About 5% of cases of Psoriasis develop bad Psoriatic Arthritis with chronic joint swelling and deformity.
However, when patients with psoriasis who have never seen a doctor about their joints are asked about joint pain, this is reported in anywhere between 25% and 40%.
Conversely, if such patients complain of joint pain the correct diagnosis may not be reached.
Also, some patients have joint swelling and little pain and may not seek medical attention at all.
This page explains why these problems are linked to enthesitis, enthesis organ disease and synovio-entheseal complex disease.
Recent studies have shown a high prevelance of joint pain in psoriasis subjects.
This was previously reported but has come into sharper focus because scanning techniques such as ultrasound permit doctors to see changes within the entheses.
It is important to point out that there are several other causes of joint pain in subjects with psoriasis and specialist evaluation is advised.
Other common causes of pain in psoriasis cases include:
This high burden of underlying musculoskeletal disease is leading dermatologists to reappraise treatments that focus only on skin disease.
These can be used by Dermatologists to help identify possible Psoriatic Arthritis:
Given that there are several causes of pain in Psoriasis patients, it is unlikely that a specific questionnaire can be reliably used by Dermatologists to make an early diagnosis of Psoriatic Arthritis.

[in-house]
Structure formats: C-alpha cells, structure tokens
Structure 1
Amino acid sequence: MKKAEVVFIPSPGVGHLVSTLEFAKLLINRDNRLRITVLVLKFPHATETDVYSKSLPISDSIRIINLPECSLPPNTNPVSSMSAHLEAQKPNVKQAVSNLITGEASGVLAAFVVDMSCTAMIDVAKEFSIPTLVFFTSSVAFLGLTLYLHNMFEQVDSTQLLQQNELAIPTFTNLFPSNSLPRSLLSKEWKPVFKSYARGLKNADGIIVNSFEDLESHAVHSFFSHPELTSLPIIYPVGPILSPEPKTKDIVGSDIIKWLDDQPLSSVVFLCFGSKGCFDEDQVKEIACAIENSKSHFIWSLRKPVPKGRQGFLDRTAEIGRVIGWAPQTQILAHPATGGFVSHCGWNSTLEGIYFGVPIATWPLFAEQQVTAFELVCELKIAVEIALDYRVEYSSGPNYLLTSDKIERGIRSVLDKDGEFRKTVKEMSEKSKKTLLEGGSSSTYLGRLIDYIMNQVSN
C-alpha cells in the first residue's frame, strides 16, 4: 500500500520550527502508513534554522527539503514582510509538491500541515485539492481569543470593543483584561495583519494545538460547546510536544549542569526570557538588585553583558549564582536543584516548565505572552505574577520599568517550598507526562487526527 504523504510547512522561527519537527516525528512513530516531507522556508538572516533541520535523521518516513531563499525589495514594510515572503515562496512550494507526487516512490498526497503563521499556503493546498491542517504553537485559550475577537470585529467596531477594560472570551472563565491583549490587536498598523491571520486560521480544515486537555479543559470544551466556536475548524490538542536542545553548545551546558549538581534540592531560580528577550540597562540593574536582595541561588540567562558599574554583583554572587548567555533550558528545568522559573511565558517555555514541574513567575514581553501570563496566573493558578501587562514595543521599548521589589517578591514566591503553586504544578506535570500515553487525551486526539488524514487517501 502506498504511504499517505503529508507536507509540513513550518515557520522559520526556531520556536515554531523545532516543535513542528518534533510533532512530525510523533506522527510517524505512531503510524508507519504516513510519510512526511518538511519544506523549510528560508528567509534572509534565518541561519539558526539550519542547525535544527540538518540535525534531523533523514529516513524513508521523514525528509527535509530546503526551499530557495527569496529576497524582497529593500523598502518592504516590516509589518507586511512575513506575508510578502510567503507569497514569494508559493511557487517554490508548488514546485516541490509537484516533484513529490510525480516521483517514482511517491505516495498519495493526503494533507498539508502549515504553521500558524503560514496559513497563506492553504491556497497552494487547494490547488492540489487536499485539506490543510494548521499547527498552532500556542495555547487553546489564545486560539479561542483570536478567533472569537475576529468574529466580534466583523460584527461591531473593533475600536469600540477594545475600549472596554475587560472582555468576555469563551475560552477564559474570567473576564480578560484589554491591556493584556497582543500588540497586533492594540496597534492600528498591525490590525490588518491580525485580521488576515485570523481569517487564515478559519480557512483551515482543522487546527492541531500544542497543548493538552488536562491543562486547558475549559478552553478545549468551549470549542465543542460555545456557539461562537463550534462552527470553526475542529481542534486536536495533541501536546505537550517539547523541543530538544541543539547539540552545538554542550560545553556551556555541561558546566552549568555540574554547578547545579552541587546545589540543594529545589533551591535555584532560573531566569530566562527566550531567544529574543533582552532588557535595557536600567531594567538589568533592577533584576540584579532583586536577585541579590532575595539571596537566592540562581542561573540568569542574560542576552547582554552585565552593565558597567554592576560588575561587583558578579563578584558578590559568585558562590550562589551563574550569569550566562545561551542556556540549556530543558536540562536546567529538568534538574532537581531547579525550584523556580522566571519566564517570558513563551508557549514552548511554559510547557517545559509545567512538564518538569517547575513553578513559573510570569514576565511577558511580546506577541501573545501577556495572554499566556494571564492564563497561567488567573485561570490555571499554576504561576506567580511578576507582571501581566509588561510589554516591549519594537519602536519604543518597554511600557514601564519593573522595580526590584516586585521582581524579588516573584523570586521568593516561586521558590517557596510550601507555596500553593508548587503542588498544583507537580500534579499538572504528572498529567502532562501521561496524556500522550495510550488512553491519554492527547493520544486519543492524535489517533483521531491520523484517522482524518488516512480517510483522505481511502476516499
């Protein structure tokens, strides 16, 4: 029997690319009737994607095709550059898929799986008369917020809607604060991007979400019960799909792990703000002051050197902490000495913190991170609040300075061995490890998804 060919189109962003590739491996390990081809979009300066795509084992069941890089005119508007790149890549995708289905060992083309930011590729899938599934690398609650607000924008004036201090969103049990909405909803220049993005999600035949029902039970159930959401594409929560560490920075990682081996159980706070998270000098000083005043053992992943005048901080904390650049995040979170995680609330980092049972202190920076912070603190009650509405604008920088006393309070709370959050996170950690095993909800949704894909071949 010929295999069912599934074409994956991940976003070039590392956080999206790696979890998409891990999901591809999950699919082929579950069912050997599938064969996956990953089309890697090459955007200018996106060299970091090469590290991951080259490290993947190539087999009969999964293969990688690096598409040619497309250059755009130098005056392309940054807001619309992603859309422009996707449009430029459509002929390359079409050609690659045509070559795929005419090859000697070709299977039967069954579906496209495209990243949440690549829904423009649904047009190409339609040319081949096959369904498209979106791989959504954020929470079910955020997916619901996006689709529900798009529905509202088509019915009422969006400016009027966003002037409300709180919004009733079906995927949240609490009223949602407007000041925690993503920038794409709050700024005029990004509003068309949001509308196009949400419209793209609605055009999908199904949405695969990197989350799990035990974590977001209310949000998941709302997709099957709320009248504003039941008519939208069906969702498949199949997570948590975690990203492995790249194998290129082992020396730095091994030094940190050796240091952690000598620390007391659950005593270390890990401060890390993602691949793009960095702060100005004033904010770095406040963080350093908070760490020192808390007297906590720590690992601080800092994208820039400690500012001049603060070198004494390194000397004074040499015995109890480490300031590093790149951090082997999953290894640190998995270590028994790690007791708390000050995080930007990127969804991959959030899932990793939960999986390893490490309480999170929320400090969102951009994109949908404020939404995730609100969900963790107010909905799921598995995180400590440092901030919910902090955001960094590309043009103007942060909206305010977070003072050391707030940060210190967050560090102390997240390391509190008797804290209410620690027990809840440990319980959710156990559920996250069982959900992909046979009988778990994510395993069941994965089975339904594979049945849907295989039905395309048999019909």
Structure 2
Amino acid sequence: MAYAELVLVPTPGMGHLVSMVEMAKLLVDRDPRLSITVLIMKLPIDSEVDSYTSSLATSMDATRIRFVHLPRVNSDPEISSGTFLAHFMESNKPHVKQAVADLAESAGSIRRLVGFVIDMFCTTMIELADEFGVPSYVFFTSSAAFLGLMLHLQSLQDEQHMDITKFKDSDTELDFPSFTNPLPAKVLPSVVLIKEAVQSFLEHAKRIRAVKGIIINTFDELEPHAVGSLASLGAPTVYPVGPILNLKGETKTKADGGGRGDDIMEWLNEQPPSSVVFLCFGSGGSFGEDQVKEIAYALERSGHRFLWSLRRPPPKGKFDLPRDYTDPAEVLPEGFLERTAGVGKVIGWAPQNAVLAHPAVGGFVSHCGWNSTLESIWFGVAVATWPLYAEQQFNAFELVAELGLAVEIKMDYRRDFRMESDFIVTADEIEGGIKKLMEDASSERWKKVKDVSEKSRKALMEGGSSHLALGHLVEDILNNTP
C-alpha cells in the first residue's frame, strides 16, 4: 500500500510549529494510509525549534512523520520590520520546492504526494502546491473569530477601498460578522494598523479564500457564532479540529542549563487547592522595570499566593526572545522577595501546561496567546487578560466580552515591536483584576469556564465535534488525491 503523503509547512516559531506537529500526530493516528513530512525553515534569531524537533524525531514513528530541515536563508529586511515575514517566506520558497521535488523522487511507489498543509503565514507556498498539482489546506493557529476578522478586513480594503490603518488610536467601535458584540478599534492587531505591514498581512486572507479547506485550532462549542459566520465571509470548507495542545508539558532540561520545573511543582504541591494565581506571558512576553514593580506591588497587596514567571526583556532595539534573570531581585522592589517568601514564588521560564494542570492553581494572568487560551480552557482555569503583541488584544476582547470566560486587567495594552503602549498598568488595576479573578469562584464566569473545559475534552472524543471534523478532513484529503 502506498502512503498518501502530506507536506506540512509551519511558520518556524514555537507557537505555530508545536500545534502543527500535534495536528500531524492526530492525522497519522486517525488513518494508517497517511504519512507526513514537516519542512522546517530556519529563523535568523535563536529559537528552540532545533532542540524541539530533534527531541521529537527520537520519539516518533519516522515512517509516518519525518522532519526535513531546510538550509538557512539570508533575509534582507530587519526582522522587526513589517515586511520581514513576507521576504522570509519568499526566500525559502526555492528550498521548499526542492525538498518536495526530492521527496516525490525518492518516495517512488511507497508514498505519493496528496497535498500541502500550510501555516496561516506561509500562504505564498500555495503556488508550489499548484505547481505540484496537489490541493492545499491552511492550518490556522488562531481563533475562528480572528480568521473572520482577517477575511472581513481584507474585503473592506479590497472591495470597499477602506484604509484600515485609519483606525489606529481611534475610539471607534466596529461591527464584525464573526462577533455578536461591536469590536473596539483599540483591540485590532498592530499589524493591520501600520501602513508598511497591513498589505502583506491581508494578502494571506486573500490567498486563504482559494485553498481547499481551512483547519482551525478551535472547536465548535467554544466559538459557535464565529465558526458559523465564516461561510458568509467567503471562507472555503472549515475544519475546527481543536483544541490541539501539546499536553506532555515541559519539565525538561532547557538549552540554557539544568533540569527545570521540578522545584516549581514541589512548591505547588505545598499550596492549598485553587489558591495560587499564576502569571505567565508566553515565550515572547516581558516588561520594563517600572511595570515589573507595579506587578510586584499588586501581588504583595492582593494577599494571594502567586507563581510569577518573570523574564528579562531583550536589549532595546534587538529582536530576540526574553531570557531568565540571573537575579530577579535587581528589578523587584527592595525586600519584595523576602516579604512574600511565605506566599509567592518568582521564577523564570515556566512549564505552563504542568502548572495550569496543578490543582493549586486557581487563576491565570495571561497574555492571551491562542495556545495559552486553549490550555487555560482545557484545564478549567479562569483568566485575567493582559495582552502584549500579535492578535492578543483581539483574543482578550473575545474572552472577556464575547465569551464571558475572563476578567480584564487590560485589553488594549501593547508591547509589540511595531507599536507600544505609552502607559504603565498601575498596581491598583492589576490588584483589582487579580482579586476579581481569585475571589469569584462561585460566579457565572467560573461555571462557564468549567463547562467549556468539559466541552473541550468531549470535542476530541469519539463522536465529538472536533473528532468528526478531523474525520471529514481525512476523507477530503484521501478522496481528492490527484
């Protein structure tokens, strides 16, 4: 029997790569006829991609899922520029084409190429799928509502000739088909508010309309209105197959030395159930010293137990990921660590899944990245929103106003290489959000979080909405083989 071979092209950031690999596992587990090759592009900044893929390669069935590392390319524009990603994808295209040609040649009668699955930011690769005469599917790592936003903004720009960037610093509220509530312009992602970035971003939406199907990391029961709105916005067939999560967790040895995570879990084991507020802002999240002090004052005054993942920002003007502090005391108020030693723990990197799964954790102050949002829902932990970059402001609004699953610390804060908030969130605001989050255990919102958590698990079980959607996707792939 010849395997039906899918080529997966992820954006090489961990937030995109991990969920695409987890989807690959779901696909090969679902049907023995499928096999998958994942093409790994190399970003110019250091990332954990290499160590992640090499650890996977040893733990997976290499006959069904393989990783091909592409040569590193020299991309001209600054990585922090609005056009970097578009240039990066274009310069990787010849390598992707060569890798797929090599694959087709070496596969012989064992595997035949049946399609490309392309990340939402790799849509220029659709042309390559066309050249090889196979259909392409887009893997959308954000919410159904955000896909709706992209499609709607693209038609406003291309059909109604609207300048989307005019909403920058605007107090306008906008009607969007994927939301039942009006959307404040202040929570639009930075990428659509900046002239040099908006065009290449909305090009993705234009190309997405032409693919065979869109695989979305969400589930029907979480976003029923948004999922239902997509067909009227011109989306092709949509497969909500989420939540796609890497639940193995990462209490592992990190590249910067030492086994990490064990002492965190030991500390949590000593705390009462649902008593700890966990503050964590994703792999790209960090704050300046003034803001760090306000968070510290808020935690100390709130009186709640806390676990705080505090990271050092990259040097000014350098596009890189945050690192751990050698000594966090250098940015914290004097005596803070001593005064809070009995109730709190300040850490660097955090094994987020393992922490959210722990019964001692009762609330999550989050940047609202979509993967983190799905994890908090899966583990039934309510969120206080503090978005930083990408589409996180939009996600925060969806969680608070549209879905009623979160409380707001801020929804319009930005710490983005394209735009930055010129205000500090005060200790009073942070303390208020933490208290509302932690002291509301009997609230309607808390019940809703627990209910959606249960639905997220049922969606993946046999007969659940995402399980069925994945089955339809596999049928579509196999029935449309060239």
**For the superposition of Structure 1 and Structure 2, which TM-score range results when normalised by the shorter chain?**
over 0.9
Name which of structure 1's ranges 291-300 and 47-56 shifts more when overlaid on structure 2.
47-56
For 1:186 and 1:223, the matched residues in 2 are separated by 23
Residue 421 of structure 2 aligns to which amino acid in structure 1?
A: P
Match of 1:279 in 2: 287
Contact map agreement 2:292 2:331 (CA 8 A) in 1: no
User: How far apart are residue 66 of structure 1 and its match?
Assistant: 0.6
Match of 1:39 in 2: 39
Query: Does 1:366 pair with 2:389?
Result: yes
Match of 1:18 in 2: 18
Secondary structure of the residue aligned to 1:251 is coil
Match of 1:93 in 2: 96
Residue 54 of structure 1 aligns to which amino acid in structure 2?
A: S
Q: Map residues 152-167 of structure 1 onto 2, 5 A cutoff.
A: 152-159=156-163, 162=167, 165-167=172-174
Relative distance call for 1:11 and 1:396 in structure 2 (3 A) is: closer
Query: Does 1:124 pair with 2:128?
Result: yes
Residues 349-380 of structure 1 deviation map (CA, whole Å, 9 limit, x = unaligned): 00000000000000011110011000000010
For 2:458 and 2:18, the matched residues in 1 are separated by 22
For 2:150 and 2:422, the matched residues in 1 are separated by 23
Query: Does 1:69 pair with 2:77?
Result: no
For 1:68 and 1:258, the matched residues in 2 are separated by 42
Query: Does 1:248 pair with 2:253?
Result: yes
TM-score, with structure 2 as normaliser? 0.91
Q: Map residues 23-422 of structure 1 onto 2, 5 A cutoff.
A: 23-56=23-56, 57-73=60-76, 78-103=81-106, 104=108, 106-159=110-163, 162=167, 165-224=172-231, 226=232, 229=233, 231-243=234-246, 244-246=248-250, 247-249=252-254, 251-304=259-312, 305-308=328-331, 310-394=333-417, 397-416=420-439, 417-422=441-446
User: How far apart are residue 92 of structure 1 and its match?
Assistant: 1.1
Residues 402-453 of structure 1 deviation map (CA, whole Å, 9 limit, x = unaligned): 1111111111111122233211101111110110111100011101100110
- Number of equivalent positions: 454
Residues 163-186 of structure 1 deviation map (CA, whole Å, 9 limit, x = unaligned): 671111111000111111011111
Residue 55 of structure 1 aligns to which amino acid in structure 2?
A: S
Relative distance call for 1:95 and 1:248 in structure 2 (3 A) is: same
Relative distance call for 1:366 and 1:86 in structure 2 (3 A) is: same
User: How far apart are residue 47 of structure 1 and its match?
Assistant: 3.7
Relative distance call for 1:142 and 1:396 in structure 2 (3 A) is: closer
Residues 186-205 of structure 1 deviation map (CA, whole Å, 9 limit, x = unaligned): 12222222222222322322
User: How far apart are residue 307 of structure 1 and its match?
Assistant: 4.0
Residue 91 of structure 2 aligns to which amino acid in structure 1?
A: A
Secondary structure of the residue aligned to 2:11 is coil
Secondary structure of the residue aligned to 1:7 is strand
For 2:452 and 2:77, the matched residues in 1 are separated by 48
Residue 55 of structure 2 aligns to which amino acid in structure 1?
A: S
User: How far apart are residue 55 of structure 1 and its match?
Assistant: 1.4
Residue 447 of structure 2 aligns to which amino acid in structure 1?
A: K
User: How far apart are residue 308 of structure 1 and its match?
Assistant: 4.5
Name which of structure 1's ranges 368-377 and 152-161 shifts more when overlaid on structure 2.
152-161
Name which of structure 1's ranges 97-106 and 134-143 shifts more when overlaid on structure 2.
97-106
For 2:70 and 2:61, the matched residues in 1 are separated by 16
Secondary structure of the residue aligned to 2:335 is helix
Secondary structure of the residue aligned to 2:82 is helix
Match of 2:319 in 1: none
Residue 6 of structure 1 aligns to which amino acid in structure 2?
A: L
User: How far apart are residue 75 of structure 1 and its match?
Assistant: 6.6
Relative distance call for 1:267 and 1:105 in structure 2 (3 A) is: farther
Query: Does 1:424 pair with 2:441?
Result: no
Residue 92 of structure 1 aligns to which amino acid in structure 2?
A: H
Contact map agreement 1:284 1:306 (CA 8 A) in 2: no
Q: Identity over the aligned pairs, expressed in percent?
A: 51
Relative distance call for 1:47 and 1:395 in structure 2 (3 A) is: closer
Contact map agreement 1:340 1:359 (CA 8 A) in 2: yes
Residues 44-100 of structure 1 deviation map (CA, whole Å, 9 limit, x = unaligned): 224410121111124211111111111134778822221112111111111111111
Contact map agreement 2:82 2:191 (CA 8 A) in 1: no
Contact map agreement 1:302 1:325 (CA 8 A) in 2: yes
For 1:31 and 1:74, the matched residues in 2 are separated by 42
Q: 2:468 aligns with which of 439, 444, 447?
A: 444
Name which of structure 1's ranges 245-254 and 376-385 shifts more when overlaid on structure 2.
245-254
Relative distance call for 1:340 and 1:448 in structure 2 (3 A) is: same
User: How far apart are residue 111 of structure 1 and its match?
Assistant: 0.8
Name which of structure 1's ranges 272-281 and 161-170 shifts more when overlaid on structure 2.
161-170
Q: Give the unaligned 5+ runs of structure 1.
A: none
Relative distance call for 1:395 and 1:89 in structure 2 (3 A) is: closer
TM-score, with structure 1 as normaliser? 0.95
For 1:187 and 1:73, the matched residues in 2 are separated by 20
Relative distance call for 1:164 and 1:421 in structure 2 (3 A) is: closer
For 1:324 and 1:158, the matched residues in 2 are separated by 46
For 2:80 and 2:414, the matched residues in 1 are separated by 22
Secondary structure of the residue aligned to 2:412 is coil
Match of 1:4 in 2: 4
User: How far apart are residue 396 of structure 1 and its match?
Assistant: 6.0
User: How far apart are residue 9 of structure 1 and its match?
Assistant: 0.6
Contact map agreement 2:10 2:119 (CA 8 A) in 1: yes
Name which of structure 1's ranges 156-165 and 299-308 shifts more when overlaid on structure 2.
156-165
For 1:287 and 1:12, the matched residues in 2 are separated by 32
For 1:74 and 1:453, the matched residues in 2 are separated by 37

Conversely, in a patient who reports no joint pain, they could still have joint swelling, so all psoriasis cases should have their joints examined, irrespective of questionnaire results.
Collectively these questionnaires do allow for the improved recognition of early or mild psoriatic arthritis.
Patients with psoriasis may report bouts of painless joint swelling. If still present at the time of medical examination this may be non-tender.
They may have joint swelling identified for the first time by a doctor when they are being evaluated for something else.
This scenario most typically occurs in the feet where the toes may exhibit painless sausage like swelling called dactylitis.
A patient is sent to see the Rheumatologists by a Dermatologist because of severe nail psoriasis.
The question was whether the severe nail involvement might have been linked to Psoriatic Arthritis.
The patient had no pain around the nails or anywhere else.
The patient was not responding to methotrexate. The patient was not eligible for anti-TNF therapy due to lack of skin involvement.
The Dermatologist wondered whether the multiple diseased nails were actually due to Psoriatic Arthritis in addition to nail Psoriasis of the distal interphalangeal joints of the hands.
The patient had no evidence of arthritis on clinical examination in the joints adjacent to the psoriatic finger nails
However, the patient had a very swollen sausage toe that was completely non-symptomatic.
He was comfortably running two miles per day despite the obvious swelling.
By definition this patient had Psoriatic Arthritis.
|Patient with nail disease of fingers and toes who has no pains whatsoever. On examination by a consultant Rheumatologist, he was noted to have a sausage swelling termed dactylitis of the third (middle) toe. It was non-tender.|
Musculoskeletal pains or swelling appear to be extremely common in psoriasis patients.
The use of a screening questionnaire and a cursory joint exam should greatly facilitate Dermatologists to recognise disease.